1. J. L. Bamber, W. P. Aspinall. An expert judgement assessment of future sea level rise from the ice sheets. Nature Climate Change, 2013; DOI: 10.1038/nclimate1778

Cite This Page:

University of Bristol. "Future sea level rise from melting ice sheets may be substantially greater than IPCC estimates." ScienceDaily. ScienceDaily, 6 January 2013. <www.sciencedaily.com/releases/2013/01/130106145743.htm>.
University of Bristol. (2013, January 6). Future sea level rise from melting ice sheets may be substantially greater than IPCC estimates. ScienceDaily. Retrieved July 30, 2014 from www.sciencedaily.com/releases/2013/01/130106145743.htm
University of Bristol. "Future sea level rise from melting ice sheets may be substantially greater than IPCC estimates." ScienceDaily. www.sciencedaily.com/releases/2013/01/130106145743.htm (accessed July 30, 2014).

Share This




More Earth & Climate News

Wednesday, July 30, 2014

Featured Research

from universities, journals, and other organizations


Featured Videos

from AP, Reuters, AFP, and other news services

In Virginia, the Rise of a New Space Coast

In Virginia, the Rise of a New Space Coast

AP (July 30, 2014) Every summer, tourists make the pilgrimage to Chincoteague Island, Va. to see wild ponies cross the Assateague Channel. But, it's the rockets sending to supplies to the International Space Station that are making this a year-round destination. (July 30) Video provided by AP
Powered by NewsLook.com
Climate Change Could Cost Billions, According To White House

Climate Change Could Cost Billions, According To White House

Newsy (July 29, 2014) A report from the White House warns not curbing greenhouse gas emissions could cost the U.S. billions. Video provided by Newsy
Powered by NewsLook.com
Climate Change Could Cost Billions According To White House

Climate Change Could Cost Billions According To White House

Newsy (July 29, 2014) A report from the White House warns not curbing greenhouse gas emissions could cost the U.S. billions. Video provided by Newsy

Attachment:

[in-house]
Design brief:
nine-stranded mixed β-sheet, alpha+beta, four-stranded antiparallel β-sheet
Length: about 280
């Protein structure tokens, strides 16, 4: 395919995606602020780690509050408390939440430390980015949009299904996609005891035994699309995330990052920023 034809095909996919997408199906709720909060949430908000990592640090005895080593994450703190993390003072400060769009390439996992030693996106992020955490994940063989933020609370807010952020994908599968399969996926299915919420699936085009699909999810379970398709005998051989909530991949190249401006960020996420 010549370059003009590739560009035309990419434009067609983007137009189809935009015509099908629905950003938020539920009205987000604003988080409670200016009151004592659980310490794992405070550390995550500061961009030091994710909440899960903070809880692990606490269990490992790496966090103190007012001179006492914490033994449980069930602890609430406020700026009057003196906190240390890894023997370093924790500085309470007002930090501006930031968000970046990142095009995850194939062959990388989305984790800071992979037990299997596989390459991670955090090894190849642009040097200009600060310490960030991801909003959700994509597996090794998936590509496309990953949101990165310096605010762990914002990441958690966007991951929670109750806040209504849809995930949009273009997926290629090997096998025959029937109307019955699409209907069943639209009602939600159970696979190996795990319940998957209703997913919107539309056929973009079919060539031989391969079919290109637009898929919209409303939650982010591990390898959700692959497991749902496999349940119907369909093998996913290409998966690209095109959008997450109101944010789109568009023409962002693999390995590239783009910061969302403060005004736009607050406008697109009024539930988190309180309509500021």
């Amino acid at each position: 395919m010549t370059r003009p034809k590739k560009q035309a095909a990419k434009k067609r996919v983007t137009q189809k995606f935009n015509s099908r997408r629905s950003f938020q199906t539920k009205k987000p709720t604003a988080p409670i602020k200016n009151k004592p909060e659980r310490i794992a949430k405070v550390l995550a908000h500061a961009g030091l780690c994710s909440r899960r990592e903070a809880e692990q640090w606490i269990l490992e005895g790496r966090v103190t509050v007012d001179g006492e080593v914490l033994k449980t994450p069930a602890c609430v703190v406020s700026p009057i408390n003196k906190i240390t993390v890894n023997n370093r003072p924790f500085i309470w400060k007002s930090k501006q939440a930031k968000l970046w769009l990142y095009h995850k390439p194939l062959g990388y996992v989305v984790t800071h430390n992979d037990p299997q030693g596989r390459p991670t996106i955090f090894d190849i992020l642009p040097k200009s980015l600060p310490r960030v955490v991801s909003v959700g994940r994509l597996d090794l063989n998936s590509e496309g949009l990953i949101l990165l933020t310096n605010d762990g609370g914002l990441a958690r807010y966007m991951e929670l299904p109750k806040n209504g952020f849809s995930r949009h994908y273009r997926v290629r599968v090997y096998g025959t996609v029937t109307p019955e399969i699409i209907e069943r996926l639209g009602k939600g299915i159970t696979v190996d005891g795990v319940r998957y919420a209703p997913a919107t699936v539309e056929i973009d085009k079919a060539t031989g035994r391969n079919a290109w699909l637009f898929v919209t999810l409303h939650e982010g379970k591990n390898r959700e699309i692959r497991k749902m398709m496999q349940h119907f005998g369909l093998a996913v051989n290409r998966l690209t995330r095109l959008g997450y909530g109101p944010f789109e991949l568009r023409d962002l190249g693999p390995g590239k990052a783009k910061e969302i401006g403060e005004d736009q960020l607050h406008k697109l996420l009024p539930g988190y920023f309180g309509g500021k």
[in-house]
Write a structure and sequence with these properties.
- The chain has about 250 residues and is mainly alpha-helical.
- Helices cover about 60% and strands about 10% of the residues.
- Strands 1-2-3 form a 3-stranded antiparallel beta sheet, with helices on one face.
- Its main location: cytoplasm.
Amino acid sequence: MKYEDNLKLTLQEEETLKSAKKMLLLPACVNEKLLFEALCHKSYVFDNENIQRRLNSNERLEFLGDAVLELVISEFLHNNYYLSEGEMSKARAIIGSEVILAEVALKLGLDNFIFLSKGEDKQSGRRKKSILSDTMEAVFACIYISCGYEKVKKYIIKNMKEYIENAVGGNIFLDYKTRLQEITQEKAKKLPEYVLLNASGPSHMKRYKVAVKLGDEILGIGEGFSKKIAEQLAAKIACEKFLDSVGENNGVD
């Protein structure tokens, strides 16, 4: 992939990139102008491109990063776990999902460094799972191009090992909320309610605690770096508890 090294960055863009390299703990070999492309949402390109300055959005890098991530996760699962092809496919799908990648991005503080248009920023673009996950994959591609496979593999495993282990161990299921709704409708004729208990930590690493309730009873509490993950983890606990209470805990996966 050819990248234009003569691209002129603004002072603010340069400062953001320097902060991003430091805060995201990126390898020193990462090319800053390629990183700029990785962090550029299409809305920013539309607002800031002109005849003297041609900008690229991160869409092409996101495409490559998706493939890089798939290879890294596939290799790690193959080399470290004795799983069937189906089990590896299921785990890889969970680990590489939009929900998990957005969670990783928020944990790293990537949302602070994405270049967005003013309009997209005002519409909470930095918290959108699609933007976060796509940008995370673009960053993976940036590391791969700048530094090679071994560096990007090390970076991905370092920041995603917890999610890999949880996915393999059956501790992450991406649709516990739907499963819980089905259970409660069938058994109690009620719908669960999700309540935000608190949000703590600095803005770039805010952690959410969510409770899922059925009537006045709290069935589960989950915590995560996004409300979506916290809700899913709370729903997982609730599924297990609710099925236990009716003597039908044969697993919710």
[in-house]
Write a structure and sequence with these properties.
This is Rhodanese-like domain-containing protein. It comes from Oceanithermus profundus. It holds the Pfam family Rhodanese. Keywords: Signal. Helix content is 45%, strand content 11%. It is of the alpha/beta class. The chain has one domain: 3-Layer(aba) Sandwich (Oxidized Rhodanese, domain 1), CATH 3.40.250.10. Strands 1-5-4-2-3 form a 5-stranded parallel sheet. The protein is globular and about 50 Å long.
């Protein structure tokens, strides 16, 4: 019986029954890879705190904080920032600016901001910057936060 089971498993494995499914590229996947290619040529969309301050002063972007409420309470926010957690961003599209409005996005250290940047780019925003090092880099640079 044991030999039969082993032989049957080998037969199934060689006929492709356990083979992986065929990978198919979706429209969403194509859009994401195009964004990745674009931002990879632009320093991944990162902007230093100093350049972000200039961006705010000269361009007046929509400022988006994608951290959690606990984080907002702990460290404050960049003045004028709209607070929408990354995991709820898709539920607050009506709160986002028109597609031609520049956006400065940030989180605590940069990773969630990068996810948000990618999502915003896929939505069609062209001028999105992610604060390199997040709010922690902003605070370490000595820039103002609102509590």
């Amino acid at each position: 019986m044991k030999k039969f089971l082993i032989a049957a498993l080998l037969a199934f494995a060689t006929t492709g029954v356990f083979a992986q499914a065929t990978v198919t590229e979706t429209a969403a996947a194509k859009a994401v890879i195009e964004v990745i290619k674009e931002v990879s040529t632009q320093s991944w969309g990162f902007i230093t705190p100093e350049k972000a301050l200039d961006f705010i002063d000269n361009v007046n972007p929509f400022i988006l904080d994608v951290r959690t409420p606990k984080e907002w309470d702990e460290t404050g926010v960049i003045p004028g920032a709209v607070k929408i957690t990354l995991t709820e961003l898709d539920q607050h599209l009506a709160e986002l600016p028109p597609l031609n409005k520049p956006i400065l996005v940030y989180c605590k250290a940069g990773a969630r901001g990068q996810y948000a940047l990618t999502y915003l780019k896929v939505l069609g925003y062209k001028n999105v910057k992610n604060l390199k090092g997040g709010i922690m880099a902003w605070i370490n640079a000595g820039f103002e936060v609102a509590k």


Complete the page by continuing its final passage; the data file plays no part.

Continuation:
Powered by NewsLook.com
Jane Goodall Warns Great Apes Face Extinction

Jane Goodall Warns Great Apes Face Extinction

AFP (July 29, 2014) The world's great apes face extinction within decades, renowned chimpanzee expert Jane Goodall warned Tuesday in a call to arms to ensure man's closest relatives are not wiped out. Duration: 00:58 Video provided by AFP
Powered by NewsLook.com

Search ScienceDaily

Number of stories in archives: 140,361

Find with keyword(s):
Enter a keyword or phrase to search ScienceDaily for related topics and research stories.

Save/Print:
Share:

Breaking News:
from the past week

In Other News

... from NewsDaily.com

Science News

Health News

Environment News

Technology News



Save/Print:
Share:

Free Subscriptions


Get the latest science news with ScienceDaily's free email newsletters, updated daily and weekly. Or view hourly updated newsfeeds in your RSS reader:

Get Social & Mobile


Keep up to date with the latest news from ScienceDaily via social networks and mobile apps:

Have Feedback?


Tell us what you think of ScienceDaily -- we welcome both positive and negative comments. Have any problems using the site? Questions?
Mobile: iPhone Android Web
Follow: Facebook Twitter Google+
Subscribe: RSS Feeds Email Newsletters
Latest Headlines Health & Medicine Mind & Brain Space & Time Matter & Energy Computers & Math Plants & Animals Earth & Climate Fossils & Ruins